Third-Culture Leadership Emergence of Believers of Muslim Background in Marseille, France
This research examines the essential leadership emergence processes at work in believers of Muslim background (BMBs) in Marseille, France, by seeking to understand the impact of third-culture identity and critical life experiences on their emergence as contextualized leaders for the church.
The study applies leadership emergence theory in a contextualized form to the BMBs in Marseille. The BMB is shown to be a third-culture leader facing challenges of integration and urbanization while navigating a spiritually hostile environment between two cultural extremes: the ambient hyper-secular French culture on one side and the Muslim North African culture on the other.
Interview, survey, focus group, participant observation, and case study methodology are combined to investigate this leadership emergence context. The findings reveal three areas of influence impacting BMB leadership emergence: (1) their conceptual understandings of leadership, (2) their personal critical life experiences, and (3) their communal critical life experiences. Findings regarding their conceptual understandings of leadership confirm the primacy of the shepherd metaphor and the caretaking characteristics of these leaders. Personal life experience findings include third- culture identity struggles and the experience of persecution. Communal life experience findings demonstrate the central place of family/community church dynamics and the essential role of mentoring in the formation process.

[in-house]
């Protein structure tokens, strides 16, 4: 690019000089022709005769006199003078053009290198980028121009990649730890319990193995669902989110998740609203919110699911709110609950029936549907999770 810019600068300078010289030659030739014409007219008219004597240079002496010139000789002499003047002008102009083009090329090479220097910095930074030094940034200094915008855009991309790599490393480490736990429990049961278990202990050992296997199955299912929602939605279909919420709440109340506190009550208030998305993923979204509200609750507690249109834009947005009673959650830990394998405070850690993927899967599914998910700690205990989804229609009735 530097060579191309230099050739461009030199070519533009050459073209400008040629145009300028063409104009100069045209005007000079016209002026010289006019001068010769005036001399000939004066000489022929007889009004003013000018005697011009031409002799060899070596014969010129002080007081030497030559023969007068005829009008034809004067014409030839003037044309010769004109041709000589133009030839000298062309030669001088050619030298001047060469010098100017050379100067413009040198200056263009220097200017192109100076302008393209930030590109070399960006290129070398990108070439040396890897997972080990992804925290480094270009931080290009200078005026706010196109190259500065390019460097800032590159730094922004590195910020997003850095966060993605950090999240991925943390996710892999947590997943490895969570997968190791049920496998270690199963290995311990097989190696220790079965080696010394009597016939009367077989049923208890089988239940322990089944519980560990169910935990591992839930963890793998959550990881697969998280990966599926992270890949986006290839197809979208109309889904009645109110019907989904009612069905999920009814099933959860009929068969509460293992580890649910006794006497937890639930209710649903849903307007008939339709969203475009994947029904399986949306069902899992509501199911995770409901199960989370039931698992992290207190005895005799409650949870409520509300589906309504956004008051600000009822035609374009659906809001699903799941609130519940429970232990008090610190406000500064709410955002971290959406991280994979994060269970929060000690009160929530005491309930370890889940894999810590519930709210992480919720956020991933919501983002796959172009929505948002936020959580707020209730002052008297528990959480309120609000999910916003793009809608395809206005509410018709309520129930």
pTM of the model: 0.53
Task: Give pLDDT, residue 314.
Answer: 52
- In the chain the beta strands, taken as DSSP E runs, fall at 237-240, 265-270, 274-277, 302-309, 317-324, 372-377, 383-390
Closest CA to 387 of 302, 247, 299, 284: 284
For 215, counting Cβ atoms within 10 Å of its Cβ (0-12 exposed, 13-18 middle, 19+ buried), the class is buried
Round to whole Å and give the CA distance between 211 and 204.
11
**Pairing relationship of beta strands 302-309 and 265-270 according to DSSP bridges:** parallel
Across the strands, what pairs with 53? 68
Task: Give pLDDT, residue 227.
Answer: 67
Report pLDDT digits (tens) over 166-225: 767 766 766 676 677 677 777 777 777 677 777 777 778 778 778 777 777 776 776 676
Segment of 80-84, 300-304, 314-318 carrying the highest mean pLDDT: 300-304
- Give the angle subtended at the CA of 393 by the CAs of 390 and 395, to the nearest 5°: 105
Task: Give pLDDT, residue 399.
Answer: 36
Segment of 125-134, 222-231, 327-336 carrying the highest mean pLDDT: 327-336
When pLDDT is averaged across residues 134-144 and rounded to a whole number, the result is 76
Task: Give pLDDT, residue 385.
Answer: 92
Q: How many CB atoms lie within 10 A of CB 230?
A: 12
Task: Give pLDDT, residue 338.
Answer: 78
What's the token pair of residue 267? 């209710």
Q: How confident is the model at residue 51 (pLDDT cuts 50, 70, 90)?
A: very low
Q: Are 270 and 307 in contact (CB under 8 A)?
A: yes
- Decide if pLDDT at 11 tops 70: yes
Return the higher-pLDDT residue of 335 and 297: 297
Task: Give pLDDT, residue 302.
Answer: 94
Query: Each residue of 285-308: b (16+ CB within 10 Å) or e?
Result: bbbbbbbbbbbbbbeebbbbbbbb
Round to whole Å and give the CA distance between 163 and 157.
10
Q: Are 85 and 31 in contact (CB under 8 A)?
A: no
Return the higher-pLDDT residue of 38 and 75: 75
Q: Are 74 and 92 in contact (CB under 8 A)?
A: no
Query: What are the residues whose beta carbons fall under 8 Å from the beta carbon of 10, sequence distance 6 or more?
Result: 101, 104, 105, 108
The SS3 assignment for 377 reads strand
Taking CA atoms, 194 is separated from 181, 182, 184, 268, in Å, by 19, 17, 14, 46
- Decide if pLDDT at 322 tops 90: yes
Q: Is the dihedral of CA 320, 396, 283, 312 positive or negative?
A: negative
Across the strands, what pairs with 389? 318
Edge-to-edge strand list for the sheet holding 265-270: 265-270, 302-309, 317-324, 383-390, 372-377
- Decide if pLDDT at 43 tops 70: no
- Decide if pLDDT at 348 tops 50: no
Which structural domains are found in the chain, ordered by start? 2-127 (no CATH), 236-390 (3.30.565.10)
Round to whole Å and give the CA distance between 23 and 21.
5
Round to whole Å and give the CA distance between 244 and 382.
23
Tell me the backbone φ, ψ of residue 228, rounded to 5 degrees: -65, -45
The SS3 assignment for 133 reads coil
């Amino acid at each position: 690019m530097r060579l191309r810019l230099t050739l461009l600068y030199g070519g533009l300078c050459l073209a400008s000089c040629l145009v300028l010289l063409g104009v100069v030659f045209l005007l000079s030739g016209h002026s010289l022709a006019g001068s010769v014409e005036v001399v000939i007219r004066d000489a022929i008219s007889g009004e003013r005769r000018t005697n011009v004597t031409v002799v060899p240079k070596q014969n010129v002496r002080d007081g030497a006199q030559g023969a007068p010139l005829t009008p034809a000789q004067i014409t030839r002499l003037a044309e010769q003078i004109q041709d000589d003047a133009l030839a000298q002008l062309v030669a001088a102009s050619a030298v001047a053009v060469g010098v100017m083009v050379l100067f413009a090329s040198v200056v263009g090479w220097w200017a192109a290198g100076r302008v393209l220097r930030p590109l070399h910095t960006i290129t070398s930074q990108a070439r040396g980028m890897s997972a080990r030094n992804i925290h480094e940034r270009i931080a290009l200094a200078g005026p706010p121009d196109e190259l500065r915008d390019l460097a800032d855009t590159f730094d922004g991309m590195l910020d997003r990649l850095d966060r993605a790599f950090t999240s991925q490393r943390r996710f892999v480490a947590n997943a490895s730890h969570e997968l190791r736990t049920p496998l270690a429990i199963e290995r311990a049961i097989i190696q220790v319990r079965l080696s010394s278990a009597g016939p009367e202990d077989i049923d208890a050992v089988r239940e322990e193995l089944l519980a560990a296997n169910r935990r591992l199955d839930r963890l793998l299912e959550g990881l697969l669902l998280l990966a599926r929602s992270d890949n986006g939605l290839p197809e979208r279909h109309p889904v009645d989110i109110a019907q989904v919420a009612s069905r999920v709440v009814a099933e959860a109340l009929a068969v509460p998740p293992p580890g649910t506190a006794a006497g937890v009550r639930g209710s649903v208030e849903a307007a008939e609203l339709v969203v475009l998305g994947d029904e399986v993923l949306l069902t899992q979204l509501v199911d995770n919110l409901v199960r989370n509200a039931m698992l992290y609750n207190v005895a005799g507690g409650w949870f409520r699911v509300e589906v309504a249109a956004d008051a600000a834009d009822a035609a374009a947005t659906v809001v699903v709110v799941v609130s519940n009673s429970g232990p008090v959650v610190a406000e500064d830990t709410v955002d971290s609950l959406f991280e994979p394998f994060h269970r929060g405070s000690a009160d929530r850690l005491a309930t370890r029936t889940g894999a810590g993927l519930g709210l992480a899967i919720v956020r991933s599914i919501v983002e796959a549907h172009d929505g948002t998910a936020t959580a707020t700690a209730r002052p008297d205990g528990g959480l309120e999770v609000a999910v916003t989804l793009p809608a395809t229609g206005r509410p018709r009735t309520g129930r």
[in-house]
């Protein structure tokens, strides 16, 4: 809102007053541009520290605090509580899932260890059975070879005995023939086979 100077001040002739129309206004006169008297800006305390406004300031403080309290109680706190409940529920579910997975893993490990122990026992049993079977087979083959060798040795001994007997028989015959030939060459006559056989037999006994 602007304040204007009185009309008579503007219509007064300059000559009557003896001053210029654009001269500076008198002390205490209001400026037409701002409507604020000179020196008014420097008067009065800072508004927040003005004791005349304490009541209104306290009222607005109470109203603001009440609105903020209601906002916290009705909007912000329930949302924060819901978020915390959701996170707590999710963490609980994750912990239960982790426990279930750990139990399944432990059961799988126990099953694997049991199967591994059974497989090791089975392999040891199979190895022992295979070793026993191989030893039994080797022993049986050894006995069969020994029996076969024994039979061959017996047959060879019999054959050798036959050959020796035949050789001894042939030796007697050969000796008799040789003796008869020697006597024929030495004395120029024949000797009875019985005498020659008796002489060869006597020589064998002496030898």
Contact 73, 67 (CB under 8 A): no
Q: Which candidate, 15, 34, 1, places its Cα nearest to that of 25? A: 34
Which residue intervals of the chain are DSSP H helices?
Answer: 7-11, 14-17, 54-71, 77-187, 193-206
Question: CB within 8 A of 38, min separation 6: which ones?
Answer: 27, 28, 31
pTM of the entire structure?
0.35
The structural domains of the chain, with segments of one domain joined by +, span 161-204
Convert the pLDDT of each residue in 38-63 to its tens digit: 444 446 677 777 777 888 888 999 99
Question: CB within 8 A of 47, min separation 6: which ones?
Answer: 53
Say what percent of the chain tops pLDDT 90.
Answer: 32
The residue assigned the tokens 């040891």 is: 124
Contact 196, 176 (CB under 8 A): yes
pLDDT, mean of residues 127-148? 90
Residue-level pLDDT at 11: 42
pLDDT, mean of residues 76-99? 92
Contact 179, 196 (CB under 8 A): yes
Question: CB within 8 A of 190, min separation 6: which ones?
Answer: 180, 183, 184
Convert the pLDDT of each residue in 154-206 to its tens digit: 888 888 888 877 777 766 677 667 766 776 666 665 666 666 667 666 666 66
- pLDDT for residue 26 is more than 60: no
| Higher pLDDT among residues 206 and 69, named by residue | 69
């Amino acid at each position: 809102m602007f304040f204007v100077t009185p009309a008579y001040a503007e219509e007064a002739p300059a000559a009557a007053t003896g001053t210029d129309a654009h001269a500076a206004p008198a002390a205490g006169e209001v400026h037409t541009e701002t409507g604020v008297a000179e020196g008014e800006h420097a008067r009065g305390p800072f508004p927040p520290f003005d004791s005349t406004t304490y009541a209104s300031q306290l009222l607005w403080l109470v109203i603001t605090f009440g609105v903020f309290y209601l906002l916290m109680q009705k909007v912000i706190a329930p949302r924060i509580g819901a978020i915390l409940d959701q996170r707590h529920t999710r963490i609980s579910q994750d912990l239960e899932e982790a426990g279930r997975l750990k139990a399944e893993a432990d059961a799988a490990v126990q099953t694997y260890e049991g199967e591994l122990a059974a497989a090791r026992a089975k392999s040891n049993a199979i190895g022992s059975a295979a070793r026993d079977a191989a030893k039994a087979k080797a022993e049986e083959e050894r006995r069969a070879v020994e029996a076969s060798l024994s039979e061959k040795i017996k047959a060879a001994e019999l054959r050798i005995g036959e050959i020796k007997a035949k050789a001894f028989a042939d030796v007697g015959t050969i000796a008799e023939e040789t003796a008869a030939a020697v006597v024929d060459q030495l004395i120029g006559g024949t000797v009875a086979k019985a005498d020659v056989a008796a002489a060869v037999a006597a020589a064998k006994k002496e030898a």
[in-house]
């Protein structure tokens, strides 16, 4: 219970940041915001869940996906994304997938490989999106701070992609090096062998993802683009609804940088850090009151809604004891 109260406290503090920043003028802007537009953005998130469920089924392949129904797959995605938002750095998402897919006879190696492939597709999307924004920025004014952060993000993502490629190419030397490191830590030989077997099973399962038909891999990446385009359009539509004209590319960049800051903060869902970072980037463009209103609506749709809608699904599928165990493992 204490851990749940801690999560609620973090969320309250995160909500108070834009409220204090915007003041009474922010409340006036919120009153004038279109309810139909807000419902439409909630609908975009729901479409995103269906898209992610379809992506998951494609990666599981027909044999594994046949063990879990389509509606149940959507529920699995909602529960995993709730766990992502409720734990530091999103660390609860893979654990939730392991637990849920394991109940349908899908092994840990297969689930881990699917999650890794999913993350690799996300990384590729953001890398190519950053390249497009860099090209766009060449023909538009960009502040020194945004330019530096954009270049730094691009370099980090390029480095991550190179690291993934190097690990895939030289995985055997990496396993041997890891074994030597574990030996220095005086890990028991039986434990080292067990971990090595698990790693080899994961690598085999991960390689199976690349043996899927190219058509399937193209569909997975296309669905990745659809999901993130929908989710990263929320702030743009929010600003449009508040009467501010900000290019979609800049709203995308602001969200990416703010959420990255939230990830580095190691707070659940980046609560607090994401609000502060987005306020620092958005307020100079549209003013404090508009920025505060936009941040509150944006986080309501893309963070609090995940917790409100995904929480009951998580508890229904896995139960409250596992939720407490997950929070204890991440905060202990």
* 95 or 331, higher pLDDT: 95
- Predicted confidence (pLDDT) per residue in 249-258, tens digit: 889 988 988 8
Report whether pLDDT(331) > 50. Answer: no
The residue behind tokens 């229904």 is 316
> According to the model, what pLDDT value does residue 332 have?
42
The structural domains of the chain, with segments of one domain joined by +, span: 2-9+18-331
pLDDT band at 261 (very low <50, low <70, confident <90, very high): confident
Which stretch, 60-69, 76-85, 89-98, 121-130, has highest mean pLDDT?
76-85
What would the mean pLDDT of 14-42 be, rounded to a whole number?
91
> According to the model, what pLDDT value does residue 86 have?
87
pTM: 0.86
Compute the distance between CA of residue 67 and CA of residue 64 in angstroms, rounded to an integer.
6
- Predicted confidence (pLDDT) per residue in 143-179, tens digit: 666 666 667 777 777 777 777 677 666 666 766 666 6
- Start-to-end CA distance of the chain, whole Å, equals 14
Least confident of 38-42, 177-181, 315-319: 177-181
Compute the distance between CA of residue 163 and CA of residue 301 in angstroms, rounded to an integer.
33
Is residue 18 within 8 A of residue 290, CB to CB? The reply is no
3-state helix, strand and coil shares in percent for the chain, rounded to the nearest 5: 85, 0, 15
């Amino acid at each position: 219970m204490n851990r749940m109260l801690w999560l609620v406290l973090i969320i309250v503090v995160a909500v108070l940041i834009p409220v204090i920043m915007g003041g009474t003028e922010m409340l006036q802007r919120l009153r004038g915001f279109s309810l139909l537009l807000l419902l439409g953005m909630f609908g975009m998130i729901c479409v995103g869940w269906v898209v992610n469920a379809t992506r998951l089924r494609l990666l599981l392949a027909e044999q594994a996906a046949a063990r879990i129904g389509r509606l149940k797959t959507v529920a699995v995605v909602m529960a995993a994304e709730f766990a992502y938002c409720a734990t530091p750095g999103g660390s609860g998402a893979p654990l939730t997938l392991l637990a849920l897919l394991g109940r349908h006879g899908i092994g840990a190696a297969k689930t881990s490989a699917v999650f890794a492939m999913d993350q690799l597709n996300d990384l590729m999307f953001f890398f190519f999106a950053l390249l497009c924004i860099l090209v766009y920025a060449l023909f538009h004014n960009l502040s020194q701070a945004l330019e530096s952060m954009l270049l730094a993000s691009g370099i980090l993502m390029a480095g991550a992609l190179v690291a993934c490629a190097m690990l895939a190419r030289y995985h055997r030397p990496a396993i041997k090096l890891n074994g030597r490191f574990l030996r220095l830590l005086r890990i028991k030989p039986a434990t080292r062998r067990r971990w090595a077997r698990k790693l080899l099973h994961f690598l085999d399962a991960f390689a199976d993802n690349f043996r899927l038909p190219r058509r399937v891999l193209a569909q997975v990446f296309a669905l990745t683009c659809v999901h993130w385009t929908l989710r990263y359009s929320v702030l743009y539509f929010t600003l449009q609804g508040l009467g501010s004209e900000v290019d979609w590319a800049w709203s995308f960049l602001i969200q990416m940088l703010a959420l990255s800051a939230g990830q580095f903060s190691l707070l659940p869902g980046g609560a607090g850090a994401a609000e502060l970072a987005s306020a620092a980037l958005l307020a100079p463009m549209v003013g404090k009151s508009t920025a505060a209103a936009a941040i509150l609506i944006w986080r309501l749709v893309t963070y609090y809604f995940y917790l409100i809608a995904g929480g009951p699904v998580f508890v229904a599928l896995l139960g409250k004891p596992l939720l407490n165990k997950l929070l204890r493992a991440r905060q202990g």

The conclusions show that the emerging leader of Muslim background in Marseille is a third-culture leader who can be optimally developed in a third-culture leadership emergence church environment. Key insights from the findings inform a change strategy for trainers, emerging leaders, and the local church. The three elements vital to a change strategy are as follows: (1) a paradigm shift from an individual to a communal vision of training on the part of the leadership trainers, (2) a decision of emerging BMB leaders to embrace third-culture identity, and (3) the local church’s transition to a third-culture vision for leadership emergence. While the immediate application is context specific, certain insights could prove valuable to similar leadership emergence contexts.
Doctor of Intercultural Studies (DIS)
Christian leadership, Leadership, Cross-cultural studies, Intercultural communication, Missions to Muslims, Missions, Leadership, Religion, France, Marseille
Christian Denominations and Sects | Christianity | Missions and World Christianity